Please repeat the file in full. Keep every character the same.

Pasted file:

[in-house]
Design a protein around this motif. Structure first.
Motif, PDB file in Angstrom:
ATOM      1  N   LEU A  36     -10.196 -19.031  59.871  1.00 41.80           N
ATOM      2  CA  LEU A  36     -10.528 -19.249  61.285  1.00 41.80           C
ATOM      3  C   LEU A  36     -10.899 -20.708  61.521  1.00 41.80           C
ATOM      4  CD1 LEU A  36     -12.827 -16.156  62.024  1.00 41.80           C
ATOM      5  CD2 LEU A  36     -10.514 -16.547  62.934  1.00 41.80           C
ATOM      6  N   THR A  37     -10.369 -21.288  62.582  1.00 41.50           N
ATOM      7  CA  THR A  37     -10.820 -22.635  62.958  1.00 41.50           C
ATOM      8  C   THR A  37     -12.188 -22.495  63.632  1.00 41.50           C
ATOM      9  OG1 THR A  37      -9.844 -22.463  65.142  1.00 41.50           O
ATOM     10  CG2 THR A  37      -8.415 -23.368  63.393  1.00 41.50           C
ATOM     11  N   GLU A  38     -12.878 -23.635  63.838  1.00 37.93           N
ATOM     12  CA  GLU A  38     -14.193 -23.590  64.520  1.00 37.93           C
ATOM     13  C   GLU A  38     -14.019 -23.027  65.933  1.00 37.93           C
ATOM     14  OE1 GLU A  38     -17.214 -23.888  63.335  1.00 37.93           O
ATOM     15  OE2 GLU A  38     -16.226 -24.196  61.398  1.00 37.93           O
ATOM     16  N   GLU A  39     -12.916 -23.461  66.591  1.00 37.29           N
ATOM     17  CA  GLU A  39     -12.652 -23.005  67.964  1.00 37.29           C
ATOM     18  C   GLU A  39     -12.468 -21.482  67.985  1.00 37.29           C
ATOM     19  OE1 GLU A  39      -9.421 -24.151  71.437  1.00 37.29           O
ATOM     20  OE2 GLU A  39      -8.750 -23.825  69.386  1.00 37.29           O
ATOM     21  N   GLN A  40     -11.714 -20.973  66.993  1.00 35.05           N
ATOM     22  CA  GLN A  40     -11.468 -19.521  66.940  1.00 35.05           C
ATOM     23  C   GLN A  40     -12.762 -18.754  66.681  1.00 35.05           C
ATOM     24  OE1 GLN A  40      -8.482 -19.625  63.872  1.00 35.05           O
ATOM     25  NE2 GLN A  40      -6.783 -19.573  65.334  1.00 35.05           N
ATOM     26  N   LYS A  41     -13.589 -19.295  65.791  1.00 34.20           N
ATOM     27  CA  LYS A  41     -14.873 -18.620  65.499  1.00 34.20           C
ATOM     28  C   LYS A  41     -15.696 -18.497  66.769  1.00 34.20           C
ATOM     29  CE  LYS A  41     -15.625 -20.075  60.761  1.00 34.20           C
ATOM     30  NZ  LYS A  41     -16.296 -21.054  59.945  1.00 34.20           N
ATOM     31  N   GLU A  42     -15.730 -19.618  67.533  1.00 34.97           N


[in-house]
Design a protein around this motif. Structure first.
Motif, PDB file in Angstrom:
ATOM      1  N   LEU A  36     -10.196 -19.031  59.871  1.00 41.80           N
ATOM      2  CA  LEU A  36     -10.528 -19.249  61.285  1.00 41.80           C
ATOM      3  C   LEU A  36     -10.899 -20.708  61.521  1.00 41.80           C
ATOM      4  CD1 LEU A  36     -12.827 -16.156  62.024  1.00 41.80           C
ATOM      5  CD2 LEU A  36     -10.514 -16.547  62.934  1.00 41.80           C
ATOM      6  N   THR A  37     -10.369 -21.288  62.582  1.00 41.50           N
ATOM      7  CA  THR A  37     -10.820 -22.635  62.958  1.00 41.50           C
ATOM      8  C   THR A  37     -12.188 -22.495  63.632  1.00 41.50           C
ATOM      9  OG1 THR A  37      -9.844 -22.463  65.142  1.00 41.50           O
ATOM     10  CG2 THR A  37      -8.415 -23.368  63.393  1.00 41.50           C
ATOM     11  N   GLU A  38     -12.878 -23.635  63.838  1.00 37.93           N
ATOM     12  CA  GLU A  38     -14.193 -23.590  64.520  1.00 37.93           C
ATOM     13  C   GLU A  38     -14.019 -23.027  65.933  1.00 37.93           C
ATOM     14  OE1 GLU A  38     -17.214 -23.888  63.335  1.00 37.93           O
ATOM     15  OE2 GLU A  38     -16.226 -24.196  61.398  1.00 37.93           O
ATOM     16  N   GLU A  39     -12.916 -23.461  66.591  1.00 37.29           N
ATOM     17  CA  GLU A  39     -12.652 -23.005  67.964  1.00 37.29           C
ATOM     18  C   GLU A  39     -12.468 -21.482  67.985  1.00 37.29           C
ATOM     19  OE1 GLU A  39      -9.421 -24.151  71.437  1.00 37.29           O
ATOM     20  OE2 GLU A  39      -8.750 -23.825  69.386  1.00 37.29           O
ATOM     21  N   GLN A  40     -11.714 -20.973  66.993  1.00 35.05           N
ATOM     22  CA  GLN A  40     -11.468 -19.521  66.940  1.00 35.05           C
ATOM     23  C   GLN A  40     -12.762 -18.754  66.681  1.00 35.05           C
ATOM     24  OE1 GLN A  40      -8.482 -19.625  63.872  1.00 35.05           O
ATOM     25  NE2 GLN A  40      -6.783 -19.573  65.334  1.00 35.05           N
ATOM     26  N   LYS A  41     -13.589 -19.295  65.791  1.00 34.20           N
ATOM     27  CA  LYS A  41     -14.873 -18.620  65.499  1.00 34.20           C
ATOM     28  C   LYS A  41     -15.696 -18.497  66.769  1.00 34.20           C
ATOM     29  CE  LYS A  41     -15.625 -20.075  60.761  1.00 34.20           C
ATOM     30  NZ  LYS A  41     -16.296 -21.054  59.945  1.00 34.20           N
ATOM     31  N   GLU A  42     -15.730 -19.618  67.533  1.00 34.97           N